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English essayist, poet and statesman
(1672 - 1719)
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A satire should expose nothing but what is corrigible, and should make a due discrimination between those that are and those that are not the proper objects of it.
      - [Satire]

A solid and substantial greatness of soul looks down with neglect on the censures and applauses of the multitude.
      - [Greatness]

A soul exasperated in ills, falls out
  With everything, its friend, itself.
      - [Misfortune]

A source of cheerfulness to a good mind is the consideration of that Being on whom we have our dependence, and in whom, though we behold Him as yet but in the first faint discoveries of His perfections, we see everything that we can imagine as great glorious, or amiable. We find ourselves everywhere upheld by His goodness and surrounded by an immensity of love and mercy.
      - [God]

A statue lies hid in a block of marble, and the art of the statuary only clears away the superfluous matter and removes the rubbish. The figure is in the stone; the sculptor only finds it. What sculpture is to a block of marble, education is to a human soul. The philosopher, the saint, or the hero,--the wise, the good, or the great man,--very often lies hid and concealed in a plebeian, which a proper education might have disinterred, and have brought to light.
      - [Education]

A thousand glorious actions that might claim
  Triumphant laurels, and immortal fame,
    Confus'd in crowds of glorious actions lie,
      And troops of heroes undistinguished die.
      - [War]

A true critic ought rather to dwell upon excellences than imperfections, to discern the concealed beauties of a writer, and communicate to the world such things as are worth their observation.
      - [Critics]

A virtuous mind in a fair body is indeed a fine picture in a food light, and therefore it is no wonder that it makes the beautiful sex all over charms.
      - [Women]

A well regulated commerce is not, like law, physic, or divinity, to be overstocked with hands; but, on the contrary, flourishes by multitudes, and gives employment to all its professors.
      - [Commerce]

Admiration is a very short-lived passion, that immediately decays upon growing familiar with its object.
      - [Admiration]

Advertisements are of great use to the vulgar. First of all, as they are instruments of ambition. A man that is by no means big enough for the Gazette, may easily creep into the advertisements; by which means we often see an apothecary in the same paper of news with a plenipotentiary, or a running footman with an ambassador.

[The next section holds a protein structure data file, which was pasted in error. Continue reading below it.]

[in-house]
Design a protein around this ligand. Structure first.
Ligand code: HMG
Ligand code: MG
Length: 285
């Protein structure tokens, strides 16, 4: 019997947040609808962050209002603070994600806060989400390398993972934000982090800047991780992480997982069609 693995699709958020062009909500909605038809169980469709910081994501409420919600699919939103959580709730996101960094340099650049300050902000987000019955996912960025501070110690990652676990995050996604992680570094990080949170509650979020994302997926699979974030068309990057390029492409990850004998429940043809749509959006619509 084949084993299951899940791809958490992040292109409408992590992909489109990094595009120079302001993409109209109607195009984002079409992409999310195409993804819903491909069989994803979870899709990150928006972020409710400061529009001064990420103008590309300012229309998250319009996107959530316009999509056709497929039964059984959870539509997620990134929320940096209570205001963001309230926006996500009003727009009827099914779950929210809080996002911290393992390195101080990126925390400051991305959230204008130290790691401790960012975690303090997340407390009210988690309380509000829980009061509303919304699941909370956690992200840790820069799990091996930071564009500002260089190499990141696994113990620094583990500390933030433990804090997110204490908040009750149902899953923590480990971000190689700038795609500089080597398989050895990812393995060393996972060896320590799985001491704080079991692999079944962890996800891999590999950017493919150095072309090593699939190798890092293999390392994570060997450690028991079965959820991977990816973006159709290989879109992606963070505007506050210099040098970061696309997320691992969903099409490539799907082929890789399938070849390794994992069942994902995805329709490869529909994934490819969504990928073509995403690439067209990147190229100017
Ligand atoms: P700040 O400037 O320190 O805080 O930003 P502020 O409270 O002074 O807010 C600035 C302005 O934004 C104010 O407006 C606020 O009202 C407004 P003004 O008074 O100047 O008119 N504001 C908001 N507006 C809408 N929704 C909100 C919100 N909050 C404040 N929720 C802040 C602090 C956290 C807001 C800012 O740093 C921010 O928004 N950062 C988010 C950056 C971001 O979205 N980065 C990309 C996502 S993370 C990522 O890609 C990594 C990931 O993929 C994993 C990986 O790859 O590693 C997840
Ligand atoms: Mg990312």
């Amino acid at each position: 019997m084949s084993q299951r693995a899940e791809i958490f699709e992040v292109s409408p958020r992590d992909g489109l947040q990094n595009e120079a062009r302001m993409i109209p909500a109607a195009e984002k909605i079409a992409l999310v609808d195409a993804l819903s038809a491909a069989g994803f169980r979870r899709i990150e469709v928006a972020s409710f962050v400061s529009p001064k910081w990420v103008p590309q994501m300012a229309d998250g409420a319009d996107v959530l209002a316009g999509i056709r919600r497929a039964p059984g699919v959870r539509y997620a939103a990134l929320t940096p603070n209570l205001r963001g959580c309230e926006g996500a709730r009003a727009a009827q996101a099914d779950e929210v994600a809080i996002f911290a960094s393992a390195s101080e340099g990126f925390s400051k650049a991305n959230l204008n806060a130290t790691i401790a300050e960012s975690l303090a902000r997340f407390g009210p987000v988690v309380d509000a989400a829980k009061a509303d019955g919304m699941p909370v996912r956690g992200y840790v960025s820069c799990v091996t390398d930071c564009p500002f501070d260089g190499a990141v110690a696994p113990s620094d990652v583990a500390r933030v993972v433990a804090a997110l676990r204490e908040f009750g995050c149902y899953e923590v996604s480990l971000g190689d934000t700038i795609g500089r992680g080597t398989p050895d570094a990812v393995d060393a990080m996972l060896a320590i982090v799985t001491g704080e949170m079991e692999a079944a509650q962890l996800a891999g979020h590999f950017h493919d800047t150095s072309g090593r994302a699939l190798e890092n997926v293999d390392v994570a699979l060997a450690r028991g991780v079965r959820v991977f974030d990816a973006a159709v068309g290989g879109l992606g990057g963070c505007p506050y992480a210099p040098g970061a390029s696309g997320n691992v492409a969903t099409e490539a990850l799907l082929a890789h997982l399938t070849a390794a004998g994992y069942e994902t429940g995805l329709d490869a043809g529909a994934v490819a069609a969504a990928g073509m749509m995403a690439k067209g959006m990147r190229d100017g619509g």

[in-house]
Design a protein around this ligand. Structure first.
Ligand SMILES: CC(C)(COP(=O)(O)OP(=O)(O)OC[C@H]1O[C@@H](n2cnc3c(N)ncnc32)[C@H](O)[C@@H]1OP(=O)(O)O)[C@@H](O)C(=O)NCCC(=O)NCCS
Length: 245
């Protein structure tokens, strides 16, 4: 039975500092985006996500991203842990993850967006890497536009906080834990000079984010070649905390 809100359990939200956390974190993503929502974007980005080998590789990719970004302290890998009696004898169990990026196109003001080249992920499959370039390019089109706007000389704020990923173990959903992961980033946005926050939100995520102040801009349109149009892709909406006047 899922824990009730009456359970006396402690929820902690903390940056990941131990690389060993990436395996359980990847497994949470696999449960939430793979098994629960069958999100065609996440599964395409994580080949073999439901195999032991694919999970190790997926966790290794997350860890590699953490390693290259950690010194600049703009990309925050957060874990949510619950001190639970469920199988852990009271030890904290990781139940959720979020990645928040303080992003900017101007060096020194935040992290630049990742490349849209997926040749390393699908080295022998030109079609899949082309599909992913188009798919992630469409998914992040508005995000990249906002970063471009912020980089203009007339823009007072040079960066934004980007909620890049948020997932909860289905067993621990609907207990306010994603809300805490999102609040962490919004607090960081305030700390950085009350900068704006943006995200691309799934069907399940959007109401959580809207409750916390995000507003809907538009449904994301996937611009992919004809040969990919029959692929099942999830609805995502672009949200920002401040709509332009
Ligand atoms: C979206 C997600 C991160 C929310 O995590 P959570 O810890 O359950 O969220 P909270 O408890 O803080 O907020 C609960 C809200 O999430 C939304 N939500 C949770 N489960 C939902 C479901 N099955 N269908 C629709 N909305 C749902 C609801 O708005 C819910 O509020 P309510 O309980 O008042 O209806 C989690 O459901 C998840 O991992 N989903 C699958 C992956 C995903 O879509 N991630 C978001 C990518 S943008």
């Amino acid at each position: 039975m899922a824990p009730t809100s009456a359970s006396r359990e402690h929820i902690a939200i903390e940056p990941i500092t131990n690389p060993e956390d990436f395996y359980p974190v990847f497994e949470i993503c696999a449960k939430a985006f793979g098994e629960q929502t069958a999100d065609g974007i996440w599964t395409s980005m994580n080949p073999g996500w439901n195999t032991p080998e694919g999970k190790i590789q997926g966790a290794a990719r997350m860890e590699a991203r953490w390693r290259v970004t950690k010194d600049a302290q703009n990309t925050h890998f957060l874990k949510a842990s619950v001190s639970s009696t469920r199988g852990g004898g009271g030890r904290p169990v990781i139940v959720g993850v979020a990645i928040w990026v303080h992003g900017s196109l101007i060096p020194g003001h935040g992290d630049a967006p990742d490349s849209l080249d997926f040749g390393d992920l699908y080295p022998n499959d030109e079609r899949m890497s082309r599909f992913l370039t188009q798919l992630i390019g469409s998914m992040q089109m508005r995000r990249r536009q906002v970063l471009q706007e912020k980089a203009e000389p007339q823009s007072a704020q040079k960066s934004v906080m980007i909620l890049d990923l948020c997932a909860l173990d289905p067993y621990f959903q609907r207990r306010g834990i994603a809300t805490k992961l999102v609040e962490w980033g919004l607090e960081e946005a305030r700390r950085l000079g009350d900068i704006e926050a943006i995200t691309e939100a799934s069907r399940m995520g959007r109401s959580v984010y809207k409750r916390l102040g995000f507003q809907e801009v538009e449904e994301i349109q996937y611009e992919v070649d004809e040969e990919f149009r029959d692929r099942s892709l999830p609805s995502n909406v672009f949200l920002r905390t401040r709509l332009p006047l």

- in the "Tatler", no. 224 [Journalism]

All of heaven we have below.
      - [Music]

All well-regulated families set apart an hour every morning for tea and bread and butter.
      - [Family]

Allegories, when well chosen, are like so many tracks of light in a discourse, that make everything about them clear and beautiful.
      - [Allegories]

Among the English authors, Shakespeare has incomparably excelled all others. That noble extravagance of fancy, which he had in so great perfection, thoroughly qualified him to touch the weak, superstitious part of his readers' imagination, and made him capable of succeeding where he had nothing to support him besides the strength of his own genius.
      - [Shakespeare]

Among the writers of antiquity there are none who instruct us more openly in the manners of their respective times in which they lived than those who have employed themselves in satire, under whatever dress it may appear.
      - [Satire]

Among those evils which befall us, there are many which have been more painful to us in the prospect than by their actual pressure.
      - [Anxiety]

An evil intention perverts the best actions, and makes them sins.
      - [Evil]

An idol may be undeified by many accidental causes. Marriage, in particular, is a kind of counter apotheosis, as a deification inverted. When a man becomes familiar with his goddess she quickly sinks into a woman.
      - [Familiarity]

An indiscreet man is more hurtful than an ill-natured one; for as the latter will only attack his enemies, and those he wishes ill to, the other injures indifferently both friends and foes.
      - [Indiscretion]

An opera may be allowed to be extravagantly lavish in its decorations, as its only design is to gratify the senses and keep up an indolent attention in the audience.
      - [Opera]

An ostentatious man will rather relate a blunder or an absurdity he has committed, than be debarred from talking of his own dear person.
      - [Ostentation]

Animals in their generation are wiser than the sons of men; but their wisdom is confined to a few particulars, and lies in a very narrow compass.
      - [Instinct]

Arguments out of a pretty mouth are unanswerable.
      - [Argument]

Arnobius tells us that this martyrdom first of all made them seriously inquisitive into that religion which could endue the mind with so much strength and overcome the fear of death.
      - [Martyrs]

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